Alfred below is still smiling, and I believe for good reasons. So, unless we see a return of extreme market events, I’m anticipating the Dow Jones will continue rising to higher valuations, until one day it just stops. And no one on Wall Street will ring a bell when it does.
But why would the market stop advancing one day? Just on the general understanding of what bull, and bear markets do; is that one day they start, only to be followed by another day where they stop. It may take years, and even sometimes decades between the starts and stops of these market events, but with each start comes a stop.
This is why retail investors, over the long term, as a group fail to profit when investing in the stock market. They don’t understand that a day comes where they have to sell, and not come back until Mr Bear finishes all of his work on Wall Street.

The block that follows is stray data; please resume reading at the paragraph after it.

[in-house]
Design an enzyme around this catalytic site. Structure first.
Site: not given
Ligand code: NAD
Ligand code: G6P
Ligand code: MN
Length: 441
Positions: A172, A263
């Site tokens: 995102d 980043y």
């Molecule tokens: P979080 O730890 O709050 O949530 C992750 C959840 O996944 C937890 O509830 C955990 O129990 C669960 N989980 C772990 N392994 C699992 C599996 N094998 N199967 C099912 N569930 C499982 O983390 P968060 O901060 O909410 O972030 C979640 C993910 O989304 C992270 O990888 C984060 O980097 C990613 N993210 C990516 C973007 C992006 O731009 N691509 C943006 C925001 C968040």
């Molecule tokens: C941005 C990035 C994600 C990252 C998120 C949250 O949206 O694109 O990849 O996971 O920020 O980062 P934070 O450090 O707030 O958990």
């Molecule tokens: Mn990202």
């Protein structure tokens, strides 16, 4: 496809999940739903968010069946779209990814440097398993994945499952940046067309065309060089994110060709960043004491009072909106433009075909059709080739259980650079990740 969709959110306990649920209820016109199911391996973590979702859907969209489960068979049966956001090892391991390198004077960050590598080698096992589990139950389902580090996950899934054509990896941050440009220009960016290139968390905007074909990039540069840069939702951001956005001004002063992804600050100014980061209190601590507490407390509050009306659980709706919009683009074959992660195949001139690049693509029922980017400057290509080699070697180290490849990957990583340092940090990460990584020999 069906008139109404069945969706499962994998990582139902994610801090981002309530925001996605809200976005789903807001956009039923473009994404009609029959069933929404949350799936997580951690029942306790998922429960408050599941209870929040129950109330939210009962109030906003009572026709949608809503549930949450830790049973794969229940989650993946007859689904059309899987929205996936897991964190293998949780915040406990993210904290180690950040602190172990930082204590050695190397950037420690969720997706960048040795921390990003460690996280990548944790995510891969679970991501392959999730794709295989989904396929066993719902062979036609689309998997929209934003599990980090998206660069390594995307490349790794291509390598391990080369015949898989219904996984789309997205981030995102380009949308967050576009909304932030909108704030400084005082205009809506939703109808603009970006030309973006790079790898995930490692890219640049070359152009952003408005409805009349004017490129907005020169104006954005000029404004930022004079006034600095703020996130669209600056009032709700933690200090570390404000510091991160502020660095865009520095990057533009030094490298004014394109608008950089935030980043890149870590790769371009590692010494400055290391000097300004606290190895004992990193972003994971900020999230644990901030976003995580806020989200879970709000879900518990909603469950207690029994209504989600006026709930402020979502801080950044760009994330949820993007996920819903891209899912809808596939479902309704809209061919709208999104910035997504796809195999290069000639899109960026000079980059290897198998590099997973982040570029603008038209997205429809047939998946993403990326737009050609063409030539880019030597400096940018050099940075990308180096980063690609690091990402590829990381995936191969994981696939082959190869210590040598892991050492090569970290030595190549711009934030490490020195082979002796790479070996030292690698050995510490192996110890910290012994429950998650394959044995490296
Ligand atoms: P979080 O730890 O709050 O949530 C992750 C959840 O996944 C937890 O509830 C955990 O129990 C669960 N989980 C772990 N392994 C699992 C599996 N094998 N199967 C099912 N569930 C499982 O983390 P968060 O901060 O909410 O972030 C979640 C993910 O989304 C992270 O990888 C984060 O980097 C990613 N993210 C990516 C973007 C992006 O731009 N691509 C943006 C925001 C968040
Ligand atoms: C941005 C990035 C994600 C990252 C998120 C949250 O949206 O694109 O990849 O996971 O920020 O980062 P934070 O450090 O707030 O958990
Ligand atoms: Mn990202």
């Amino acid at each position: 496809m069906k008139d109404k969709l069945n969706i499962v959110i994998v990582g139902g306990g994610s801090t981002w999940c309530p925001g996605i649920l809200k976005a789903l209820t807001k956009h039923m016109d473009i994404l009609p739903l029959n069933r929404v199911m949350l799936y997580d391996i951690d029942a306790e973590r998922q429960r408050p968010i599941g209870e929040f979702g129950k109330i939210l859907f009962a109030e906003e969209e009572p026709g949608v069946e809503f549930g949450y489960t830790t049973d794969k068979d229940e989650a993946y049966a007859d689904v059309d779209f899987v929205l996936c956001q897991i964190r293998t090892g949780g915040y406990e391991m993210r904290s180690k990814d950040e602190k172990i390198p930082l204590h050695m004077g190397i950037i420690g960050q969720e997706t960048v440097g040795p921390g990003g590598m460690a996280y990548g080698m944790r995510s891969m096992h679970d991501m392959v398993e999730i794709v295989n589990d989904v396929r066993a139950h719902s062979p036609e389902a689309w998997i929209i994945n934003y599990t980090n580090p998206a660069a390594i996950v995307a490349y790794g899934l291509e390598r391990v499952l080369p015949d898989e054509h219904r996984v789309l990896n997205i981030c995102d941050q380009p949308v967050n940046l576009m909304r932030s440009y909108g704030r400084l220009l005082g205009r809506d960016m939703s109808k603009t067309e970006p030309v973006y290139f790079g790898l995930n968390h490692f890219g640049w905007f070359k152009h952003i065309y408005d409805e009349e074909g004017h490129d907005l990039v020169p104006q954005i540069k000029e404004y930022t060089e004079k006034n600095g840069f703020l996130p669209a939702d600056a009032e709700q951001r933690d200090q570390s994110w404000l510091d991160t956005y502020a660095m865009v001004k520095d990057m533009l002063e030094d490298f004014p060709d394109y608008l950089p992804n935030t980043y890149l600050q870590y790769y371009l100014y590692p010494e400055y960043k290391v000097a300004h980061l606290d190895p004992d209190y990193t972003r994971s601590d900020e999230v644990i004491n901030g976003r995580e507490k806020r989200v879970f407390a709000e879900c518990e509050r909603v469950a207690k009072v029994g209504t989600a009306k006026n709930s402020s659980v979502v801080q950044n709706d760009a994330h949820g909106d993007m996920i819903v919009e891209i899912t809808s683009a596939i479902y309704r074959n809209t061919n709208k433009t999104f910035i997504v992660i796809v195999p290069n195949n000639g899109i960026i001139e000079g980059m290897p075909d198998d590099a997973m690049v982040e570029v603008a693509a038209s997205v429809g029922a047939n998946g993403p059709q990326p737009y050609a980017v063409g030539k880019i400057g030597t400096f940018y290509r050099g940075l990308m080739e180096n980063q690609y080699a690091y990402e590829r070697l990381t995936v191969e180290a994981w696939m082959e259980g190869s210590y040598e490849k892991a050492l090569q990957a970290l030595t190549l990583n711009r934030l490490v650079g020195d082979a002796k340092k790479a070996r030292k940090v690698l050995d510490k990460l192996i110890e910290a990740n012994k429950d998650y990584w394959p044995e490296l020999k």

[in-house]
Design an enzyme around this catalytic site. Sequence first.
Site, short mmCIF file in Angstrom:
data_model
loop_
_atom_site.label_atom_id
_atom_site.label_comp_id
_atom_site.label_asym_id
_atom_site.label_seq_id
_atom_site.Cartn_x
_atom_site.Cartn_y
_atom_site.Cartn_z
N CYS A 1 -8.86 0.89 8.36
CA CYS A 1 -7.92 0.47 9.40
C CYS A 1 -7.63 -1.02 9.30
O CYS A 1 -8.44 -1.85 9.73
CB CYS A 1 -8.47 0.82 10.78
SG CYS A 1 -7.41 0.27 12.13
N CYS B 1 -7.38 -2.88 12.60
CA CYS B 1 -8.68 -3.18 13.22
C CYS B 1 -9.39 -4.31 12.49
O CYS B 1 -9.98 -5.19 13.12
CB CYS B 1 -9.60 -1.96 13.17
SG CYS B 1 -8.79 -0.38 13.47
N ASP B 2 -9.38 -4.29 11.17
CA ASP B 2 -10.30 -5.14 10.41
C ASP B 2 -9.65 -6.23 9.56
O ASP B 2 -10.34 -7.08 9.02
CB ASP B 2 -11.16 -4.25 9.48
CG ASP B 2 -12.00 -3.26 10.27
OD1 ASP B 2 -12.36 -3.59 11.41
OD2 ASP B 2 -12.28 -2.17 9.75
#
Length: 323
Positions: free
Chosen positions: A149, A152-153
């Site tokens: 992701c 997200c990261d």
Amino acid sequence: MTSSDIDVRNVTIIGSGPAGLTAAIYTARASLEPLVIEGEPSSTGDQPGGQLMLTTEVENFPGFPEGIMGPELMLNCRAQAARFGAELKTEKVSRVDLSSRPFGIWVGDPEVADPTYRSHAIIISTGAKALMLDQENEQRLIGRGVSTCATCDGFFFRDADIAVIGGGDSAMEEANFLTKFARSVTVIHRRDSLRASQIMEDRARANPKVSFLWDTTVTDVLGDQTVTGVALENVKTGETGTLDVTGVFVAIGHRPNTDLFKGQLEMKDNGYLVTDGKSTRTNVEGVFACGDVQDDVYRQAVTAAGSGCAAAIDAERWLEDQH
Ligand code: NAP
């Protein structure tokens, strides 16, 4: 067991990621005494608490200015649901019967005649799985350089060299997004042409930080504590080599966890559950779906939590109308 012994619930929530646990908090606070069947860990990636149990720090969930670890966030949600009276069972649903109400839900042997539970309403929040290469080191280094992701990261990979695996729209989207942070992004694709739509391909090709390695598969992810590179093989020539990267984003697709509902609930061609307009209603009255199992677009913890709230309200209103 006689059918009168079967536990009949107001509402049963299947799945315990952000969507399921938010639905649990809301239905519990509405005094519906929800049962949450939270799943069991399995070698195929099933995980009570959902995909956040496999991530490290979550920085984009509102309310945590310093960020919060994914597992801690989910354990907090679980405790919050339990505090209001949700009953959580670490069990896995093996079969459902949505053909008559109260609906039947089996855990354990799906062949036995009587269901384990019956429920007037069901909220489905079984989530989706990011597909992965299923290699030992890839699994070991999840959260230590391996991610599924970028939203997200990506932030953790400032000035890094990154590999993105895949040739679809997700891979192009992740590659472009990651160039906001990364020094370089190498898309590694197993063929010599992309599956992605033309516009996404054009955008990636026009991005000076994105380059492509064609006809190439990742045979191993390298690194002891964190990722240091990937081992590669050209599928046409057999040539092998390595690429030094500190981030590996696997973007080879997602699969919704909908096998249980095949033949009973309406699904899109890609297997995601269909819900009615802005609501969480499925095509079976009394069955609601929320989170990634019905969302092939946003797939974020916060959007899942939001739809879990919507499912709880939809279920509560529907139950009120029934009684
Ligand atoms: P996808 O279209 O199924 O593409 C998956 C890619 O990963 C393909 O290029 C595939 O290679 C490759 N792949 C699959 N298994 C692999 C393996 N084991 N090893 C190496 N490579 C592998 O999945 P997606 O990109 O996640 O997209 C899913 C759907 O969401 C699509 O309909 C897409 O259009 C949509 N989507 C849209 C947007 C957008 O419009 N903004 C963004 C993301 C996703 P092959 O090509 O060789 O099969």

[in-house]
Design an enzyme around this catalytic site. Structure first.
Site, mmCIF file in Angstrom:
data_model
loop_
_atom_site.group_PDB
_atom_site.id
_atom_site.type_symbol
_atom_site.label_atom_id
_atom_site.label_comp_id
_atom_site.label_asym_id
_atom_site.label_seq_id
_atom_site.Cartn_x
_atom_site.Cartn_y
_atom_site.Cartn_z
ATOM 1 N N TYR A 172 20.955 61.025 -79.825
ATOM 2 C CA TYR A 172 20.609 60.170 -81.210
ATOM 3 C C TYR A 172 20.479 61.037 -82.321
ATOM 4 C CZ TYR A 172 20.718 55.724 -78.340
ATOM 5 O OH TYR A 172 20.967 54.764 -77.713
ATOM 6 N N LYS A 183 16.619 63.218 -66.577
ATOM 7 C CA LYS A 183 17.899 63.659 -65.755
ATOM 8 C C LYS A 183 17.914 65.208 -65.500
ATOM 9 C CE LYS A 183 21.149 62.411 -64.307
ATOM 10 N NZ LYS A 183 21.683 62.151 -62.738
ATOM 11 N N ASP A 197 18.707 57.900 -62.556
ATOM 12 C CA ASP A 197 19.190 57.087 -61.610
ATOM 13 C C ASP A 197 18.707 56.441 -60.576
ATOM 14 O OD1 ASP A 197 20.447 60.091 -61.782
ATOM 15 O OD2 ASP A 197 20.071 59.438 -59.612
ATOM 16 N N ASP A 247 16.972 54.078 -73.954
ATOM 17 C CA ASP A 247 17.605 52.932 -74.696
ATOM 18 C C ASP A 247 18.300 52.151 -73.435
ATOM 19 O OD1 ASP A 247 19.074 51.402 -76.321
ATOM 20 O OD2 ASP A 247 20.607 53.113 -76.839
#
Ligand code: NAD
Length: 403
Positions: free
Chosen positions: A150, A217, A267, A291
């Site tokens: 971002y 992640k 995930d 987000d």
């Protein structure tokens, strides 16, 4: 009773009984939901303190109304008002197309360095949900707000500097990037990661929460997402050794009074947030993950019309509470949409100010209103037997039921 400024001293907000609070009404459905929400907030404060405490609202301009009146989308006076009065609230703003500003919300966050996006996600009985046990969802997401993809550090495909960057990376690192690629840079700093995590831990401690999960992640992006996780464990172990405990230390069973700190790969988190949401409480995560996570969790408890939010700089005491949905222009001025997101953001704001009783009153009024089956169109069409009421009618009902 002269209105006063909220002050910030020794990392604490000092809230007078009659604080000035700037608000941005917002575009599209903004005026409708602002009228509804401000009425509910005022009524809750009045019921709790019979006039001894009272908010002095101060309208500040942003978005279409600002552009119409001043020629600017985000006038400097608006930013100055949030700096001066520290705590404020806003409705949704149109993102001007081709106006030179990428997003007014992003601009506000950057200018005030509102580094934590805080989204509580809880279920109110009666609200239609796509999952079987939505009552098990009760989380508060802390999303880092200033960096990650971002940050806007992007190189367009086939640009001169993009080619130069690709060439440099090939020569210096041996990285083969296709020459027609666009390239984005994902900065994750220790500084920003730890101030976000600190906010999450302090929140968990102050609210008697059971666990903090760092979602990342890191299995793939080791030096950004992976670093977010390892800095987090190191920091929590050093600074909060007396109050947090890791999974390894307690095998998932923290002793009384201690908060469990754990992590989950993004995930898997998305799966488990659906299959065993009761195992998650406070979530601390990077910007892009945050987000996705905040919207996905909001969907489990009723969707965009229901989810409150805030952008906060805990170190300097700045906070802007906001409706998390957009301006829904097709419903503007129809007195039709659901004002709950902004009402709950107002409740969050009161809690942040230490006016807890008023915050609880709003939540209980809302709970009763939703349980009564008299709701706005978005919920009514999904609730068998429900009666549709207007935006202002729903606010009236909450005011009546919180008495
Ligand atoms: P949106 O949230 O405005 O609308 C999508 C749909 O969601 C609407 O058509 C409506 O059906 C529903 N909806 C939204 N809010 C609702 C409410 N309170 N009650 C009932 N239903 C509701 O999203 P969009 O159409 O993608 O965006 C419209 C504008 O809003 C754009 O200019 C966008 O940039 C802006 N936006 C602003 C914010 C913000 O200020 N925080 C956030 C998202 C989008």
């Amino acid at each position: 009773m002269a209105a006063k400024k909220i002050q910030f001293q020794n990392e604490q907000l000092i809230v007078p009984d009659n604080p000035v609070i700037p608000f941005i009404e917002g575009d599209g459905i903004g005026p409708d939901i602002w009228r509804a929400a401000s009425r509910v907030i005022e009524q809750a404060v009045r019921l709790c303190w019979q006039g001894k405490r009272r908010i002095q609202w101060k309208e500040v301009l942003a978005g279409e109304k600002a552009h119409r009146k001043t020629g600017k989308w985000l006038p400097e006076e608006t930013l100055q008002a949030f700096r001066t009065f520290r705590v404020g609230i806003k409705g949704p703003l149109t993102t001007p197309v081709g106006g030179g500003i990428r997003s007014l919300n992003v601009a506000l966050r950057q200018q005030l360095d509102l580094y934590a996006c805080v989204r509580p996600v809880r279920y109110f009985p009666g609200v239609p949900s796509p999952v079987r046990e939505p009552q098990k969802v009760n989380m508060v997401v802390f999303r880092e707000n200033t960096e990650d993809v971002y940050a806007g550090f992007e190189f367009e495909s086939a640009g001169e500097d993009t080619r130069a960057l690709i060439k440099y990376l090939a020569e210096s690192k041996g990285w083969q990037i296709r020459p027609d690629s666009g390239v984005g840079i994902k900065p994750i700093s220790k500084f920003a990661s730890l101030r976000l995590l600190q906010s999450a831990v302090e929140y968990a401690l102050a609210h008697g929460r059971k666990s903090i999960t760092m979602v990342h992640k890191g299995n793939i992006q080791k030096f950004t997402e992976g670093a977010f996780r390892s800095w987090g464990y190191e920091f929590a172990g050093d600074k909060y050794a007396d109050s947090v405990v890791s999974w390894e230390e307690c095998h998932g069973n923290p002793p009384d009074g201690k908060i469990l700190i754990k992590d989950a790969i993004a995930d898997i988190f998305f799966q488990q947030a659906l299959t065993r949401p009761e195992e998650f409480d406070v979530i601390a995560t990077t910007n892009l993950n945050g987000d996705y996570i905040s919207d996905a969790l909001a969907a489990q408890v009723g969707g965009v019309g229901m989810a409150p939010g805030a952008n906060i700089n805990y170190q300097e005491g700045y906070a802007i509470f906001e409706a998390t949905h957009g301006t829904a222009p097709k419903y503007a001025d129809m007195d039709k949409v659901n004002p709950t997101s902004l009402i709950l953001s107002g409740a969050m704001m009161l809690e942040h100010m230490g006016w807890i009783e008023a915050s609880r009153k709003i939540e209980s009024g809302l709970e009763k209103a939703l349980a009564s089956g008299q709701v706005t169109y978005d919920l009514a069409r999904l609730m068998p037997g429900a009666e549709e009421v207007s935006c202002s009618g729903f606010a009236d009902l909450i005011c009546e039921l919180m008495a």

As for a specific reason for why this bull market advance may stop, there are many to choose from;
- Rising energy prices and CPI inflation pushing bond yields and interest rates higher.
- Deflation in the Chinese real estate bubble impacting Wall Street in a big way.
- Supply chain dislocation in global commerce shutting down factories and retailers.
Maybe the CCP starts bombing Taiwan; lots of things could happen. And sometimes big things happen with no impact on the stock market. The Monday following Pearl Harbor, December 8th 1941, the Dow Jones was down by only $4.08, or 3.5% (table below). Note; before the 1950s, the stock market traded on Saturdays.